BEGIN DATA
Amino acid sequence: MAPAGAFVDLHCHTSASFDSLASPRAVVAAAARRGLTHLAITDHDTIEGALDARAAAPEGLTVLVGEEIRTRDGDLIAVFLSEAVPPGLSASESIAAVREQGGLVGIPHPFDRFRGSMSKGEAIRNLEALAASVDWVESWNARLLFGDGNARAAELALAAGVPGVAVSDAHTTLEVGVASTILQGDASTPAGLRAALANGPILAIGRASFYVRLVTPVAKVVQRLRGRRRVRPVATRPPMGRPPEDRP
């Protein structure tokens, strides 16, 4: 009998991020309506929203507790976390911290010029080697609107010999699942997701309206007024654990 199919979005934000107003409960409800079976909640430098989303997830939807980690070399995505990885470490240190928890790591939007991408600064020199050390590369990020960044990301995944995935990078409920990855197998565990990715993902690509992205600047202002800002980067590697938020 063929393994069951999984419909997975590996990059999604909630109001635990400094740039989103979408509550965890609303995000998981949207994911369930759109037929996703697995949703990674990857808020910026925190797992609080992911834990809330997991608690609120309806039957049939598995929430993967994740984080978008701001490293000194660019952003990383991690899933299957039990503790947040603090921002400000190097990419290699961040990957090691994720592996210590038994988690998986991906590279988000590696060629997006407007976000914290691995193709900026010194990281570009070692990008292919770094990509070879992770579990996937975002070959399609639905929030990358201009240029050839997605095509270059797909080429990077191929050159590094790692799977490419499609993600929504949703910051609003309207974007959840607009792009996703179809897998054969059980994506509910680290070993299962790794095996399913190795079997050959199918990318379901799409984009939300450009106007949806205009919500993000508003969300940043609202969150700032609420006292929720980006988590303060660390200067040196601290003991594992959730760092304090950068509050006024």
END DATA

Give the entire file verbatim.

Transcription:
Amino acid sequence: MAPAGAFVDLHCHTSASFDSLASPRAVVAAAARRGLTHLAITDHDTIEGALDARAAAPEGLTVLVGEEIRTRDGDLIAVFLSEAVPPGLSASESIAAVREQGGLVGIPHPFDRFRGSMSKGEAIRNLEALAASVDWVESWNARLLFGDGNARAAELALAAGVPGVAVSDAHTTLEVGVASTILQGDASTPAGLRAALANGPILAIGRASFYVRLVTPVAKVVQRLRGRRRVRPVATRPPMGRPPEDRP
């Protein structure tokens, strides 16, 4: 009998991020309506929203507790976390911290010029080697609107010999699942997701309206007024654990 199919979005934000107003409960409800079976909640430098989303997830939807980690070399995505990885470490240190928890790591939007991408600064020199050390590369990020960044990301995944995935990078409920990855197998565990990715993902690509992205600047202002800002980067590697938020 063929393994069951999984419909997975590996990059999604909630109001635990400094740039989103979408509550965890609303995000998981949207994911369930759109037929996703697995949703990674990857808020910026925190797992609080992911834990809330997991608690609120309806039957049939598995929430993967994740984080978008701001490293000194660019952003990383991690899933299957039990503790947040603090921002400000190097990419290699961040990957090691994720592996210590038994988690998986991906590279988000590696060629997006407007976000914290691995193709900026010194990281570009070692990008292919770094990509070879992770579990996937975002070959399609639905929030990358201009240029050839997605095509270059797909080429990077191929050159590094790692799977490419499609993600929504949703910051609003309207974007959840607009792009996703179809897998054969059980994506509910680290070993299962790794095996399913190795079997050959199918990318379901799409984009939300450009106007949806205009919500993000508003969300940043609202969150700032609420006292929720980006988590303060660390200067040196601290003991594992959730760092304090950068509050006024």